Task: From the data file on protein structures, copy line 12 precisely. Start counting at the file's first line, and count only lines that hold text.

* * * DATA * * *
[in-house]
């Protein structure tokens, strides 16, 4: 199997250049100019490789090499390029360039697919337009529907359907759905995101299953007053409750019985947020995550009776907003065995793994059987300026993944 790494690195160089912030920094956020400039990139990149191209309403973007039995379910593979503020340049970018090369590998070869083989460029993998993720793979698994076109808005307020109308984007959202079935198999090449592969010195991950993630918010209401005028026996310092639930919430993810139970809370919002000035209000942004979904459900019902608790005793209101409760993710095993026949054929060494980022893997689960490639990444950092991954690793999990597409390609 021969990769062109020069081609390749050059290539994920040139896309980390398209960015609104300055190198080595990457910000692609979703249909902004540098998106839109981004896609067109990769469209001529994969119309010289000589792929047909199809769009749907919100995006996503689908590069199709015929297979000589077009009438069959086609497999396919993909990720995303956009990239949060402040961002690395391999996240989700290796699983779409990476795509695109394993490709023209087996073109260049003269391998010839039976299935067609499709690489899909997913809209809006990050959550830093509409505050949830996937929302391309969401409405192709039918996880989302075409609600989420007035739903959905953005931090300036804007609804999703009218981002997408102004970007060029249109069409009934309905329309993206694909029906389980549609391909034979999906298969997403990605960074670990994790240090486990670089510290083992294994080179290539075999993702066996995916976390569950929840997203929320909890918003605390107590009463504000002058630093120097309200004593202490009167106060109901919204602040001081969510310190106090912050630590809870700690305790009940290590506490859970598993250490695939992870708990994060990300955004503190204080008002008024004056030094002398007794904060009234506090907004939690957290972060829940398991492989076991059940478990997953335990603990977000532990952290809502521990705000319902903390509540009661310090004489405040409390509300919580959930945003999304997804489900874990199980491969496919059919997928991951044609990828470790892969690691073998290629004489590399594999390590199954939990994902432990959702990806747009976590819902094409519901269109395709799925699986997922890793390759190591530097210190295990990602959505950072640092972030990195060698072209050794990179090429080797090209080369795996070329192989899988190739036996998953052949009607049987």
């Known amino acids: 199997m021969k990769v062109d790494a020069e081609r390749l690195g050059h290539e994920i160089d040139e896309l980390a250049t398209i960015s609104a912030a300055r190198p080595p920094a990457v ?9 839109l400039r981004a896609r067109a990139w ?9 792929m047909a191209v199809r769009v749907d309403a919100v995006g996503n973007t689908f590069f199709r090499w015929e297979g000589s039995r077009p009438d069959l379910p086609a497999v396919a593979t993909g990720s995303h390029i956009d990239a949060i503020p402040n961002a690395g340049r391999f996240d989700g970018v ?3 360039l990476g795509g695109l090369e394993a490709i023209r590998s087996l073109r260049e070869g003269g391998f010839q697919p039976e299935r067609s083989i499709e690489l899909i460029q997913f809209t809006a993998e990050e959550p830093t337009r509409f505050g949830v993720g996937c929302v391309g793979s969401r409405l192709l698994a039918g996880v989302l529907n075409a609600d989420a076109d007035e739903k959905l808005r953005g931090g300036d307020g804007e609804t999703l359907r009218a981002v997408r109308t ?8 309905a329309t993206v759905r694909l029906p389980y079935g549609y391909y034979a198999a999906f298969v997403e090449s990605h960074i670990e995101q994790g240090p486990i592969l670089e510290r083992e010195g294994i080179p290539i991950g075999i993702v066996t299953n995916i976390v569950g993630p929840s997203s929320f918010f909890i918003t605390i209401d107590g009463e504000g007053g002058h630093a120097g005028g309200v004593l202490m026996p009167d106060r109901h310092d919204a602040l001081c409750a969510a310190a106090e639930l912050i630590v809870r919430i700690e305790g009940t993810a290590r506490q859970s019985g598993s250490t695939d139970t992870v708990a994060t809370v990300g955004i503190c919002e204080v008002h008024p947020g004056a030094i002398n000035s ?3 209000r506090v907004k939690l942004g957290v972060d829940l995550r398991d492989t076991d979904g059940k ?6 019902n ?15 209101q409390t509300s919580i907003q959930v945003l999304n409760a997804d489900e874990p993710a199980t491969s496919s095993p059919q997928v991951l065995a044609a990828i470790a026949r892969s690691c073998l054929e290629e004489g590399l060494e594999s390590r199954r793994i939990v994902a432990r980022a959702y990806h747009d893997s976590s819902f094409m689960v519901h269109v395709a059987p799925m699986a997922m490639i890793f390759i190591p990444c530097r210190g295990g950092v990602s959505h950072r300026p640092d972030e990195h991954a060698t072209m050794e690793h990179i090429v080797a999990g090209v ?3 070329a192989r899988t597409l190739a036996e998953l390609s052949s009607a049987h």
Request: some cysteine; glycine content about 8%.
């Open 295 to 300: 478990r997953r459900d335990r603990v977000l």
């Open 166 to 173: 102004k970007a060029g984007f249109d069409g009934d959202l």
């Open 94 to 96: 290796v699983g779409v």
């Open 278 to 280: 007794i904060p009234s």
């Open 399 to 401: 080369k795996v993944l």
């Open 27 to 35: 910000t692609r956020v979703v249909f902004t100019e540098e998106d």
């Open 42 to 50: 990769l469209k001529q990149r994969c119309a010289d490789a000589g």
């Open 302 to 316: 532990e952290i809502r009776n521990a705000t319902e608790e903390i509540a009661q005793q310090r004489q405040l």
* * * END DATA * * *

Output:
């Open 302 to 316: 532990e952290i809502r009776n521990a705000t319902e608790e903390i509540a009661q005793q310090r004489q405040l």